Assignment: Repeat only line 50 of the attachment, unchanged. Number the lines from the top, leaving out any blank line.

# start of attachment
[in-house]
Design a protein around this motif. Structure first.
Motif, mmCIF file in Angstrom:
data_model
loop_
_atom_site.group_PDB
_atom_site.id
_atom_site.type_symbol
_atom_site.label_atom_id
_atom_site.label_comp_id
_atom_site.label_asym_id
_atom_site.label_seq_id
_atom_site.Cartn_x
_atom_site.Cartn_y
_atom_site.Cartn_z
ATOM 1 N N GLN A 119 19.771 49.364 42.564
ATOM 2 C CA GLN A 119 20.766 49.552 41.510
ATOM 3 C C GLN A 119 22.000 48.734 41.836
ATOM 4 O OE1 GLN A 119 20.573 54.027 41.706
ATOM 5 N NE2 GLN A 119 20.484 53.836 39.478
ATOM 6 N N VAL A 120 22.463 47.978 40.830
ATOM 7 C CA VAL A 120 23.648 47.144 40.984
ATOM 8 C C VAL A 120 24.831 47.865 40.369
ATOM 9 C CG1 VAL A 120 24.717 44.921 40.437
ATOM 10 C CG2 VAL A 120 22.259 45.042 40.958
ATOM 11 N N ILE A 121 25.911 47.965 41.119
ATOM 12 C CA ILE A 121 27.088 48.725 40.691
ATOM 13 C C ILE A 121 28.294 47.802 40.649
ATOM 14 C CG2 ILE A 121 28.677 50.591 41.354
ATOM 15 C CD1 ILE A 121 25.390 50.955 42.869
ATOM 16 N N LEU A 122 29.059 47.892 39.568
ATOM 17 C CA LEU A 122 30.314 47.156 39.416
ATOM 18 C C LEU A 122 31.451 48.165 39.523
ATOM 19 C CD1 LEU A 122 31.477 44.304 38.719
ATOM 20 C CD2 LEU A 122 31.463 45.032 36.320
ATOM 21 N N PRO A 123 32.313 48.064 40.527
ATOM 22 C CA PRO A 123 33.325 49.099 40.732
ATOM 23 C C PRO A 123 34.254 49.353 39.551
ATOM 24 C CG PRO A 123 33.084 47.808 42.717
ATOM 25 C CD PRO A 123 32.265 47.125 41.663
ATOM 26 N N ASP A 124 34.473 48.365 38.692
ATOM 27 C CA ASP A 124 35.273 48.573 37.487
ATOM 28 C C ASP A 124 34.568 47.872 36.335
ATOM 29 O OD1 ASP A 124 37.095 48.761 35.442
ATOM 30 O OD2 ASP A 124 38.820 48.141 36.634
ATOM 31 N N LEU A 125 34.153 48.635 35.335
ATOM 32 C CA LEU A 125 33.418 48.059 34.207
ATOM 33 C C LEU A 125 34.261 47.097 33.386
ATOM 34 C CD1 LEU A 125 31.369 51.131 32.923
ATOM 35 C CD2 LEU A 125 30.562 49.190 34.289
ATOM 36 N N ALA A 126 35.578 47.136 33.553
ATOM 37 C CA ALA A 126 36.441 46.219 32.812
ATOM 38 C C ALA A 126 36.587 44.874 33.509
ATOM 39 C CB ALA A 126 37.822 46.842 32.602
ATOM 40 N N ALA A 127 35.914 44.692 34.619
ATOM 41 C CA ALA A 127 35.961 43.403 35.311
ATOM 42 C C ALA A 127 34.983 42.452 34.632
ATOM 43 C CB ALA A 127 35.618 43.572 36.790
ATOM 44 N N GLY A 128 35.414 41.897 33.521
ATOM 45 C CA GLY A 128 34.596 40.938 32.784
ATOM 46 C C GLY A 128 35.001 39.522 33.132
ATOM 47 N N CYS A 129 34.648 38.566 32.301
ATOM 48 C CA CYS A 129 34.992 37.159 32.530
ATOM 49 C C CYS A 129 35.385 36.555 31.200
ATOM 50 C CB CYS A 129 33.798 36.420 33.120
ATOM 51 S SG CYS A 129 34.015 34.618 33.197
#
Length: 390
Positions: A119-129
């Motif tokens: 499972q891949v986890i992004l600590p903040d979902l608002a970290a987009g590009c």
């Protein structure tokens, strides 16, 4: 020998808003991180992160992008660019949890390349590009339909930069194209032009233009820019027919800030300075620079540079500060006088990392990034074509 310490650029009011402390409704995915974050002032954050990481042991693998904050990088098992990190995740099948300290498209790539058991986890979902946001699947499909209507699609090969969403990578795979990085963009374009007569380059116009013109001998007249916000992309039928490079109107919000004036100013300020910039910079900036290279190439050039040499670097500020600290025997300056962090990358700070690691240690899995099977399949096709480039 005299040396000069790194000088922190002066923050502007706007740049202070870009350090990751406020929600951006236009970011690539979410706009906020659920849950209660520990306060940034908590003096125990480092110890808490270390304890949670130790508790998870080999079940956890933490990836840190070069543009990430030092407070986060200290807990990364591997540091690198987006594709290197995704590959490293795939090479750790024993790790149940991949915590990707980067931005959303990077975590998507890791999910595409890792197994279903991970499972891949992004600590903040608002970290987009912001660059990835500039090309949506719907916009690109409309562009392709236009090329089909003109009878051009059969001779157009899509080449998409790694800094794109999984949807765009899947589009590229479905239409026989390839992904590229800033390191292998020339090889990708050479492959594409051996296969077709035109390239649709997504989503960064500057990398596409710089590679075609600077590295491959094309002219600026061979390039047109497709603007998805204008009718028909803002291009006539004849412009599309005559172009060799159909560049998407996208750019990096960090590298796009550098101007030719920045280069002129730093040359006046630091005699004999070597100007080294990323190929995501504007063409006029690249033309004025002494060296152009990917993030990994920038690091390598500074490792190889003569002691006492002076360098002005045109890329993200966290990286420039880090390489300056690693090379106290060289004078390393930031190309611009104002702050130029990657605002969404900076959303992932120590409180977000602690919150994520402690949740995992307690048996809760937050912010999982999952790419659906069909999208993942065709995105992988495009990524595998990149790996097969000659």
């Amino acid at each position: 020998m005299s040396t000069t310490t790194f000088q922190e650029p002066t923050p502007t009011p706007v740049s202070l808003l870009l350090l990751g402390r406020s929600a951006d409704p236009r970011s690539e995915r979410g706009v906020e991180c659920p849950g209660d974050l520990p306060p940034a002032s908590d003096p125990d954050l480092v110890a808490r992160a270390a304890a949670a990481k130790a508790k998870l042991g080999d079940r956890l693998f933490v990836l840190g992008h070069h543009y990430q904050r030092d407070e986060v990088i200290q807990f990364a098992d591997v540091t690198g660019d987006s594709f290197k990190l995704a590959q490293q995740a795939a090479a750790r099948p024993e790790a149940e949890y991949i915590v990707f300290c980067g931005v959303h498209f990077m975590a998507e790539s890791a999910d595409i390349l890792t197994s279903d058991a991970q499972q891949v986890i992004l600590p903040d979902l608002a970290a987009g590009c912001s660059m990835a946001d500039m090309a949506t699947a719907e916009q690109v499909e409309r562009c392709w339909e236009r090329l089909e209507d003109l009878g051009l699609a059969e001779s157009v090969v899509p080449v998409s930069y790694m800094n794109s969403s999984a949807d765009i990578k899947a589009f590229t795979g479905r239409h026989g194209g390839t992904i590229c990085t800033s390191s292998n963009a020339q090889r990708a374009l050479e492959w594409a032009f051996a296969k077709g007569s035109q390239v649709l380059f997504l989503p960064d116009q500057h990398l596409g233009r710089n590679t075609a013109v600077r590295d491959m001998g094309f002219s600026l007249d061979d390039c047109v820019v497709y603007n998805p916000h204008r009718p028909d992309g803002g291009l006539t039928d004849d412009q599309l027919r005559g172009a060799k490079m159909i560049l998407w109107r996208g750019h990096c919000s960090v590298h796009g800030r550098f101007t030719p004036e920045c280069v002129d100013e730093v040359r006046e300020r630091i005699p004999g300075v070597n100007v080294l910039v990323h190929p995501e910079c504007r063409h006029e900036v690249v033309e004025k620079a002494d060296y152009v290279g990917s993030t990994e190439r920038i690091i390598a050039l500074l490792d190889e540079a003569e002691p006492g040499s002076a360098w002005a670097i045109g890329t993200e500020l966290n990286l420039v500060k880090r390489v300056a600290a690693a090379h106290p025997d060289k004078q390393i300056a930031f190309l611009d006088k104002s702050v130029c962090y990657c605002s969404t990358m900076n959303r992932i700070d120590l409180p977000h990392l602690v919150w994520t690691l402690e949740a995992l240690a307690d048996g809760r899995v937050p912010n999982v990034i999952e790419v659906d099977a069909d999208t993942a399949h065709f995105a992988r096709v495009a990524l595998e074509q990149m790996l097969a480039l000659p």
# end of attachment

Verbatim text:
ATOM 35 C CD2 LEU A 125 30.562 49.190 34.289